Right when they needed it, Bayern delivered their best performance of the season to tear their Portuguese visitors apart. DW's Jonathan Harding takes a look at how they did it.
Much like Borussia Dortmund did in their spectacular Champions League campaign that ended in a final defeat to the Bavarians, Bayern enforced a monstrous pressing game right from the start. Porto were cramped and although it was clear they came to play on the break, they didn't even see enough of the ball to dream of using it themselves.
Bayern pinned them down and feasted on Porto like a lion on a wounded, flaying animal trying desperately to break free. After each goal, almost immediately the ball was back hovering around the edge of the box. There wasn't even enough time to see how Porto lost possession. It soon felt like that was just a part of the game.
Unlike in Portugal, Bayern played with width, drawing Porto out and adding more variety to their attack. Thomas Müller did what he does best - roaming freely around, looking for something to feed off. Xabi Alonso shielded the back three and supported the midfield, while Thiago orchestrated the feast in a majestic solo performance. Both Philipp Lahm and Juan Bernat delivered remarkable performances on the flanks, which in turn allowed Robert Lewandowski more space in the box. The absence of Arjen Robben and Franck Ribery does have its benefits.
I remember Lahm delivering a record number of assists from right back before the Guardiola era. Granted Bernat delivered the telling cross for Thiago, but Lahm's involvement in the third goal was a microcosm of his performance on the night. 27 passes ended in a fantastic first-time pass from Thiago to Lahm, who crossed on the bounce for Müller to flick on for Lewandowski to leap and head home. It was a games-console goal and it was no surprise that the first three goals came from headers.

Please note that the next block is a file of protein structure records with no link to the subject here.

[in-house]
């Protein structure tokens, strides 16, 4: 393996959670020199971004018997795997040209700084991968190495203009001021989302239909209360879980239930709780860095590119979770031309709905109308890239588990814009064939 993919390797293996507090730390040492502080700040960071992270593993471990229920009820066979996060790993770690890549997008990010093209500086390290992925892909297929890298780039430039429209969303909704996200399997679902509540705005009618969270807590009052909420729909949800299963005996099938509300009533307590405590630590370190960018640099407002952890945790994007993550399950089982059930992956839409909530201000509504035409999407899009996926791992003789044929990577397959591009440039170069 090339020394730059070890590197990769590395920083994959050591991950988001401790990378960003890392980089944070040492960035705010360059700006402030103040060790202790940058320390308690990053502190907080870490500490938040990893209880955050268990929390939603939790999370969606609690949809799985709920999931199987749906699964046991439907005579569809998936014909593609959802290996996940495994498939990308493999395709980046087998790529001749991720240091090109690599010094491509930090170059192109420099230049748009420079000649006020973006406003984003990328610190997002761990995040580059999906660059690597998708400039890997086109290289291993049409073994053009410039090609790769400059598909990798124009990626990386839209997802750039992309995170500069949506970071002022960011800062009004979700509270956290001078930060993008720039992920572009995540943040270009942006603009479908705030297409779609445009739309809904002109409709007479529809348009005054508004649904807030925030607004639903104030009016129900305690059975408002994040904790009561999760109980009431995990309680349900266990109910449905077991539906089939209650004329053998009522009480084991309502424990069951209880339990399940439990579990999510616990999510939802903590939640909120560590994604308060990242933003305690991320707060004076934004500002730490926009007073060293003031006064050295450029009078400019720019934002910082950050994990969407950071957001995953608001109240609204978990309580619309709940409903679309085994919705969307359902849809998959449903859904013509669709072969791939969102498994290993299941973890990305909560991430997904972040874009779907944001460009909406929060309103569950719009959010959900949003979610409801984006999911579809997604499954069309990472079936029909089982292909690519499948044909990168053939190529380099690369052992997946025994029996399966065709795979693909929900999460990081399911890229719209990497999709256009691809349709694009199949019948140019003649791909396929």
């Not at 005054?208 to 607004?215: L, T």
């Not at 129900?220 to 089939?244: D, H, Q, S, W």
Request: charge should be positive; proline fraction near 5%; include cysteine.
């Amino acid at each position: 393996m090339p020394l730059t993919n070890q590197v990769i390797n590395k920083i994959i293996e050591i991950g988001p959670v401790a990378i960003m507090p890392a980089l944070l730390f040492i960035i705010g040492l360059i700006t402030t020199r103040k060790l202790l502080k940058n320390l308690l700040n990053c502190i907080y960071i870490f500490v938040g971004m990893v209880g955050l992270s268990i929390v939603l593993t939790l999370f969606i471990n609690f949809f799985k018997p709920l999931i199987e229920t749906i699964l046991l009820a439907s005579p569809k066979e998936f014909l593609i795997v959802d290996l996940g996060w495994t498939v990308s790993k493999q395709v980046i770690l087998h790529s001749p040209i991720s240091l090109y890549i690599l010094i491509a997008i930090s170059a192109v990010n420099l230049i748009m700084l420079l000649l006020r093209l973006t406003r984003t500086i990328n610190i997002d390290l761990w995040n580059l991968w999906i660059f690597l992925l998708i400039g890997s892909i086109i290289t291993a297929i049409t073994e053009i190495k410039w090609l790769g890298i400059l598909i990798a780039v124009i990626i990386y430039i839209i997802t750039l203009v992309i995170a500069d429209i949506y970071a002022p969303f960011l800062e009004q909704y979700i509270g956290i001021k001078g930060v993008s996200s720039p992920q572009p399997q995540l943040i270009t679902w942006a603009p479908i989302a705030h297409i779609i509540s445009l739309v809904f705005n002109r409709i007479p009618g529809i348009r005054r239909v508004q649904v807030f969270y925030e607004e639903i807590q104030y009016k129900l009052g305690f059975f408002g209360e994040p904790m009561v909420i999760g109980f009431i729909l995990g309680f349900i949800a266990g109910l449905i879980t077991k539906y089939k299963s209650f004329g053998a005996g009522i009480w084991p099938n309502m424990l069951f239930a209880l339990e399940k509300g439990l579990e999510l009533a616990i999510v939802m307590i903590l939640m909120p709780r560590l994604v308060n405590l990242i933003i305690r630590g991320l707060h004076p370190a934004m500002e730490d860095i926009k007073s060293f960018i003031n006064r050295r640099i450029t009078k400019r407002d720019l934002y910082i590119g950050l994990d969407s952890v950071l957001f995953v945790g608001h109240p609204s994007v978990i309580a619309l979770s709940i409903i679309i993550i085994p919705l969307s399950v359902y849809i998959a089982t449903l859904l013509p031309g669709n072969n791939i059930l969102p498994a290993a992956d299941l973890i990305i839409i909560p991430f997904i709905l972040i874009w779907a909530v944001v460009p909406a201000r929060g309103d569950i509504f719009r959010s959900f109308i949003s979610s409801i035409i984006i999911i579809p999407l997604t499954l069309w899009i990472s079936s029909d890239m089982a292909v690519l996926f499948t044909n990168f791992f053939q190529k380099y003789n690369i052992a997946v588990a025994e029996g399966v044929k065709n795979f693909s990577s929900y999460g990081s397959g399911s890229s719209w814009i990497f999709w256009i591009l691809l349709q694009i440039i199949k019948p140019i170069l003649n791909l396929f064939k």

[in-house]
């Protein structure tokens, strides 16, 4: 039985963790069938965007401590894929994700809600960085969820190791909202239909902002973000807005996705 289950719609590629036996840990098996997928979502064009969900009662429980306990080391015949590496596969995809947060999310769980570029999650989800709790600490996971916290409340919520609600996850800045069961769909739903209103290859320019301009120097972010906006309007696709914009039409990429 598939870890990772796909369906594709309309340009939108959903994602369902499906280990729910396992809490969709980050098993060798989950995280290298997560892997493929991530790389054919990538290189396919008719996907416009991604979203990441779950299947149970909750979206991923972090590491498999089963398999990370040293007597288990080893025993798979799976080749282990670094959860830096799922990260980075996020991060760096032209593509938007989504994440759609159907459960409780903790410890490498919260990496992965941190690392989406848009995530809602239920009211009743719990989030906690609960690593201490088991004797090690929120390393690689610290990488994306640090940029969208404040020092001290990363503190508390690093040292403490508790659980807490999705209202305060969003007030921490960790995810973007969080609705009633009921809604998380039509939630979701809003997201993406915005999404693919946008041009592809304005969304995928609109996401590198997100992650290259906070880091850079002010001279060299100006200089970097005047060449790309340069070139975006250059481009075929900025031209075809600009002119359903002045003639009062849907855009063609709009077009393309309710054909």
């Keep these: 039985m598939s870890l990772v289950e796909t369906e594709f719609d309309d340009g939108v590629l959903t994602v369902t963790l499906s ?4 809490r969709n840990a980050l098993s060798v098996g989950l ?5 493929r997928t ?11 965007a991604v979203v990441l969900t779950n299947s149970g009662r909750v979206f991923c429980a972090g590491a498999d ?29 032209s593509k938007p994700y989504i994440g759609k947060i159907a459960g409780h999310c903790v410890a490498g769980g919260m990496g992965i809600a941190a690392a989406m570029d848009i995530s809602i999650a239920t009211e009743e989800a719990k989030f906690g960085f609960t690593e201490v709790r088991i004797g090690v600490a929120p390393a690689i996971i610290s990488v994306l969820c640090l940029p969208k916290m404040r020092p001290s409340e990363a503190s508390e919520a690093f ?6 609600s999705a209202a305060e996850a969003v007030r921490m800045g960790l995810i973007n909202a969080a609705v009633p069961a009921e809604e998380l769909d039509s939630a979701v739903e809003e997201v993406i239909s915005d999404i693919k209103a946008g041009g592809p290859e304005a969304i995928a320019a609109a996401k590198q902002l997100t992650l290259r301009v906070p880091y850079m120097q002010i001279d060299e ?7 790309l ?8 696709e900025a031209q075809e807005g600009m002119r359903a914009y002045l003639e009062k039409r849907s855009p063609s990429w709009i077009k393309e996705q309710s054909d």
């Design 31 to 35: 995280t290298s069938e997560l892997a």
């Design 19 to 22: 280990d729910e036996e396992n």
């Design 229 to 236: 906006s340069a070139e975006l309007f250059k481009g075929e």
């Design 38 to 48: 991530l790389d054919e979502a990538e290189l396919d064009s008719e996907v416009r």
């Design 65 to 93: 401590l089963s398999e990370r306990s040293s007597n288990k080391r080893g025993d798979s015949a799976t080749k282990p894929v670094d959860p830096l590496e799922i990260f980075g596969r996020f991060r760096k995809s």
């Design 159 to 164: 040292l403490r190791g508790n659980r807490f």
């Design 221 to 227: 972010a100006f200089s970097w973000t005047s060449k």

Something else Bayern did in Munich that they didn't do in Portugal was gage when and where to speed up the process of spreading the play and then move swiftly towards goal. Again, the third goal showed that superbly but so did Lewandowski's second - his patience despite pressure in the box showed they could slow things down when they needed to.
The second half was an evening walk in Munich, with Porto largely still reeling from their first-half hammering. Bayern too lost their way a bit, something Pep himself mentioned after the game but with the contest long over, it mattered little. It did reveal though that other than heavy legs, transitioning out of transitional play remains one of the greatest challenges the best teams in modern football face.
There will be talk about whether Holger Badstuber should have seen red for his clumsy challenge, and a few what ifs had Jackson Martinez's shot soon after his goal had gone in, but fortune plays a part in all great performances. And delivering the type of ruthless performance that Bayern did tonight makes fortune's role a little less relevant.